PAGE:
Wednesday, April 04, 2007

killing kids for profit

Kaiser Family Foundation contends that kids of this generation are bombarded with food advertising that may contribute to sky high obesity rates in youngsters.

The result is an alarming portrait of kids who are bombarded with precisely the opposite message about food and fitness than the one the government and the medical profession agree is needed for good health. Children between ages 2 and 7 see 12 food ads per day—that’s more than 4,000 per year. Those in the next age group—the pre-adolescent “tweens” between 8 and 12—see even more. They’re tuned in to 21 food ads every day, or more than 7,000 every year. Teenagers see somewhat fewer ads, but even they will view 17 food ads a day.

The foods that star in the ads aren’t broccoli or even bread. Kids are pitched a super-sized lineup of ads for candy and snack food, which account for 34 percent of food ads aimed at them. Another third of the ads are for cereal—and not the low-sugar kind.


I'm all about personal responsibility, as are most folks. But advertising works or the corporate world wouldn't indulge in billions of spending to bring their products to the public. There are surely a number of factors that contribute to the obesity epidemic, but it's hard to entirely discount advertising and the effect it has.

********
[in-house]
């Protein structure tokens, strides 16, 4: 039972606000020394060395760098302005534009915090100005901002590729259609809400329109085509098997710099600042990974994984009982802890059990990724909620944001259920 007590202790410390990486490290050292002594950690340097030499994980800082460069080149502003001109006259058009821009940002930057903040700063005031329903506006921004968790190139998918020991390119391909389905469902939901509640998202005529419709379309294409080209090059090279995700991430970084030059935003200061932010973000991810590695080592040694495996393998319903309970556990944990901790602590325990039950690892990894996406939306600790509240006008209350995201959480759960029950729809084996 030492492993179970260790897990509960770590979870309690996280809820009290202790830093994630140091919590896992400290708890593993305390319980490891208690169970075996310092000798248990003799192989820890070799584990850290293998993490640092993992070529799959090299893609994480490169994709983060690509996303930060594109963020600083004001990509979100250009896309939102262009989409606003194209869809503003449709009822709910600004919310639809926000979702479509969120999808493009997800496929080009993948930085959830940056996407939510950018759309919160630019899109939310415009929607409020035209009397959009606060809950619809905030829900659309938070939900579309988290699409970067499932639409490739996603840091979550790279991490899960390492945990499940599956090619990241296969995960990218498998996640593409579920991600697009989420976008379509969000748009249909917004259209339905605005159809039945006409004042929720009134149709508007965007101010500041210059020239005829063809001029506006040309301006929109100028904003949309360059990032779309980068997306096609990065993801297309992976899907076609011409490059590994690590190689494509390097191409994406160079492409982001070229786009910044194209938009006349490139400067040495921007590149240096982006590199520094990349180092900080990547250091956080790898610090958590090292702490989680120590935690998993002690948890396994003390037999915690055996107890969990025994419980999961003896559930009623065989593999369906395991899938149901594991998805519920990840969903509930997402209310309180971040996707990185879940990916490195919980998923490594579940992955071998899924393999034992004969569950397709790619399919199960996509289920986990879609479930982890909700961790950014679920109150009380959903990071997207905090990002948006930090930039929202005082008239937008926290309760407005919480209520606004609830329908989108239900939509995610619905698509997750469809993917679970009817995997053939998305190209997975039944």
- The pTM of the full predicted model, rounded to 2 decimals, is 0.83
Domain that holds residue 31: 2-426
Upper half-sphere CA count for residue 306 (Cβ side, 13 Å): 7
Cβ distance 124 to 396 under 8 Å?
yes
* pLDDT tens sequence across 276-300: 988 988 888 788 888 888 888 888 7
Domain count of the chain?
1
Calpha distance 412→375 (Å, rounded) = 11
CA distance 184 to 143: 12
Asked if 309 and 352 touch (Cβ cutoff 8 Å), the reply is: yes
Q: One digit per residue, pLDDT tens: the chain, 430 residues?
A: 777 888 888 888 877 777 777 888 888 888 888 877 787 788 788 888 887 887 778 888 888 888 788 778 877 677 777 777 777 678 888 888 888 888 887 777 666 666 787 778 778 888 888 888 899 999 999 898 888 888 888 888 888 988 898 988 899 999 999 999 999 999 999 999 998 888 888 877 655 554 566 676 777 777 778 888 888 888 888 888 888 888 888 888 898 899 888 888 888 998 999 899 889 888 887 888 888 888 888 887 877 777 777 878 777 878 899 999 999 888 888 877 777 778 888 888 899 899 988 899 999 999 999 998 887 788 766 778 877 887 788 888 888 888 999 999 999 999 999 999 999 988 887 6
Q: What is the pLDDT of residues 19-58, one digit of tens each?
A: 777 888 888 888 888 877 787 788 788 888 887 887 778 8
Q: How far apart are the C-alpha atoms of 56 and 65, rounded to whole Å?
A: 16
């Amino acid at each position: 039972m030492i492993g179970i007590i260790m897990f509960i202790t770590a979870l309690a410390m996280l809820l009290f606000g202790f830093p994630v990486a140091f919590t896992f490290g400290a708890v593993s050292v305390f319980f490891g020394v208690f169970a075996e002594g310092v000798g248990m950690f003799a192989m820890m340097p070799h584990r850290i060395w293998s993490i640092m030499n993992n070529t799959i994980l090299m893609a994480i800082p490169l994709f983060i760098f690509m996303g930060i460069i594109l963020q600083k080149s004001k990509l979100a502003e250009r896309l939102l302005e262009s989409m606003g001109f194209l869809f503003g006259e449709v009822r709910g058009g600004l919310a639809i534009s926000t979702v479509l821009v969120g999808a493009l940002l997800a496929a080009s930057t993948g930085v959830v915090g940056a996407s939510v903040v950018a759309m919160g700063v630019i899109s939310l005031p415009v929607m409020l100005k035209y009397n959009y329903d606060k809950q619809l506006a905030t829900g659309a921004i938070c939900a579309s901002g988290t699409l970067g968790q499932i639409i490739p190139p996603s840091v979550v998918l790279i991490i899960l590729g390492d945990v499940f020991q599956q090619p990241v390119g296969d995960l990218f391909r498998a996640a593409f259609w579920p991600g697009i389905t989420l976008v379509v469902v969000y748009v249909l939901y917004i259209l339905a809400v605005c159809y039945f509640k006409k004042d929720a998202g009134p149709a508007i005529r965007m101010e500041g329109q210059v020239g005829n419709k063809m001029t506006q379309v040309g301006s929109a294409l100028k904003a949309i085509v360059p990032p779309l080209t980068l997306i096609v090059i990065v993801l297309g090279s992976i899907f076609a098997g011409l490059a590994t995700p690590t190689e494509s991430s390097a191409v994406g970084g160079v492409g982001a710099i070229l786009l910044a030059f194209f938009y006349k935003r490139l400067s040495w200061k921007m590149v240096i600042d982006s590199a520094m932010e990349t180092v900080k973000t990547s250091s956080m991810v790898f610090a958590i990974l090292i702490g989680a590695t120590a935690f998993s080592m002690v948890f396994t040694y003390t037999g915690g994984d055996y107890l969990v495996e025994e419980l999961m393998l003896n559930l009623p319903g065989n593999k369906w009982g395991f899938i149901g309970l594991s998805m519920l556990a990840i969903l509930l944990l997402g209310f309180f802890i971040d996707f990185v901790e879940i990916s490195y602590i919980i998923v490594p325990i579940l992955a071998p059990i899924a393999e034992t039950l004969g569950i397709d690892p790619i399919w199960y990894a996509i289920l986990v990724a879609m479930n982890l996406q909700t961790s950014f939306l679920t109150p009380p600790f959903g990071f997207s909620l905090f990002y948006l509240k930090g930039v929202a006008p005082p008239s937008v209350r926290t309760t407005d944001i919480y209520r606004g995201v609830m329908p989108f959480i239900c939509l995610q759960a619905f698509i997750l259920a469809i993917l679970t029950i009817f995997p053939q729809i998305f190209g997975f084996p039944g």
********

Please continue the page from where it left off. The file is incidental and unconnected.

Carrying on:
It took more than four decades from the time of the earliest government warnings about tobacco’s ill health effects to bring that industry under what is a minimal level of control—and even that came only after lawsuits, some of them still moving slowly through the courts. The food industry shouldn’t follow this contentious path. It must step up what are now only preliminary efforts to voluntarily change the content of the ads it produces for children.

Otherwise it too could stand accused of killing our kids for profit. There’s no way to sugarcoat that.

2 Comments:

Blogger evilganome said...

I was having a conversation with a coworker who is also trying to watch his weight. A major factor in my life is that it is much more expensive to eat food that is good for you and I'm not talking about just free range broccoli raised by buddhist nuns in the foothills of Tibet. Just plain old fresh vegetables and non-frozen, non prepared meat are out of the reach of anyone on a budget. I'm single, so I can choose what to give up, in order to eat right. People on a budget with families don't have this choice.

April 04, 2007 7:08 AM  
Anonymous Tater said...

This aspect of the food industry dirves me crazy. Being a whore for the corporate food machine has it's costs upon my heart and soul. I have been refusing to work for tobacco, and for print ads aimed at children (for junk food) for a few years now. I see my nieces and nephews getting swept up in these shitty food habits, and it is totally disturbing. Adults can and should be able to think for themselves, so I haven't stopped working for advertisers who go after that audience. In fact, I have a fast food shoot coming up in April. I just wish everyone could look over my shoulder and see the absolute SHIT we have to salvage into pretty. The ingredient lists for the boxed shit that comes through the door reads like a chemistry book (inorganic). I have been trying to get my foot in the door with publications like "Plate" which focus on a more slow food approach, but it's been a slow road. Eat fresh and eat smart everyone.

April 04, 2007 8:46 AM  

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